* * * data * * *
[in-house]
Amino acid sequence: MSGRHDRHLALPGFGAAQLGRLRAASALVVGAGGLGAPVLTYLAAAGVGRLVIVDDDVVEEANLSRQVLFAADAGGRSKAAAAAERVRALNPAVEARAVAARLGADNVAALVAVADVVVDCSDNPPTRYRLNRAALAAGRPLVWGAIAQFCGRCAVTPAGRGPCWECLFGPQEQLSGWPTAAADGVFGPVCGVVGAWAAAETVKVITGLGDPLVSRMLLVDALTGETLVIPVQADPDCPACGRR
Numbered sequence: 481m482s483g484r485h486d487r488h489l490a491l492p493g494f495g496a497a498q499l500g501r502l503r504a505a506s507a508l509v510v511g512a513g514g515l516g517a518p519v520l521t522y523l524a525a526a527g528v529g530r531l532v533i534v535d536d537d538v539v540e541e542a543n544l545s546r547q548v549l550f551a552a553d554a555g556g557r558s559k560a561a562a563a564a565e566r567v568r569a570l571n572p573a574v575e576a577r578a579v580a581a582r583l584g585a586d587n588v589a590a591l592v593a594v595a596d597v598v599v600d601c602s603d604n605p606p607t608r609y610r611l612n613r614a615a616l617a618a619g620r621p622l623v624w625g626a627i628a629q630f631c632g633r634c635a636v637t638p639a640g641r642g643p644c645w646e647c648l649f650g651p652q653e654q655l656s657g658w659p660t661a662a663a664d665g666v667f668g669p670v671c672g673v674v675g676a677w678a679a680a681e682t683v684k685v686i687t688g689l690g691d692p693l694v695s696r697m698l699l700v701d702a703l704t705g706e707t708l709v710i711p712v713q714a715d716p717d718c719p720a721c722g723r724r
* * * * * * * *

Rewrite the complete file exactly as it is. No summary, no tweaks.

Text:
[in-house]
Amino acid sequence: MSGRHDRHLALPGFGAAQLGRLRAASALVVGAGGLGAPVLTYLAAAGVGRLVIVDDDVVEEANLSRQVLFAADAGGRSKAAAAAERVRALNPAVEARAVAARLGADNVAALVAVADVVVDCSDNPPTRYRLNRAALAAGRPLVWGAIAQFCGRCAVTPAGRGPCWECLFGPQEQLSGWPTAAADGVFGPVCGVVGAWAAAETVKVITGLGDPLVSRMLLVDALTGETLVIPVQADPDCPACGRR
Numbered sequence: 481m482s483g484r485h486d487r488h489l490a491l492p493g494f495g496a497a498q499l500g501r502l503r504a505a506s507a508l509v510v511g512a513g514g515l516g517a518p519v520l521t522y523l524a525a526a527g528v529g530r531l532v533i534v535d536d537d538v539v540e541e542a543n544l545s546r547q548v549l550f551a552a553d554a555g556g557r558s559k560a561a562a563a564a565e566r567v568r569a570l571n572p573a574v575e576a577r578a579v580a581a582r583l584g585a586d587n588v589a590a591l592v593a594v595a596d597v598v599v600d601c602s603d604n605p606p607t608r609y610r611l612n613r614a615a616l617a618a619g620r621p622l623v624w625g626a627i628a629q630f631c632g633r634c635a636v637t638p639a640g641r642g643p644c645w646e647c648l649f650g651p652q653e654q655l656s657g658w659p660t661a662a663a664d665g666v667f668g669p670v671c672g673v674v675g676a677w678a679a680a681e682t683v684k685v686i687t688g689l690g691d692p693l694v695s696r697m698l699l700v701d702a703l704t705g706e707t708l709v710i711p712v713q714a715d716p717d718c719p720a721c722g723r724r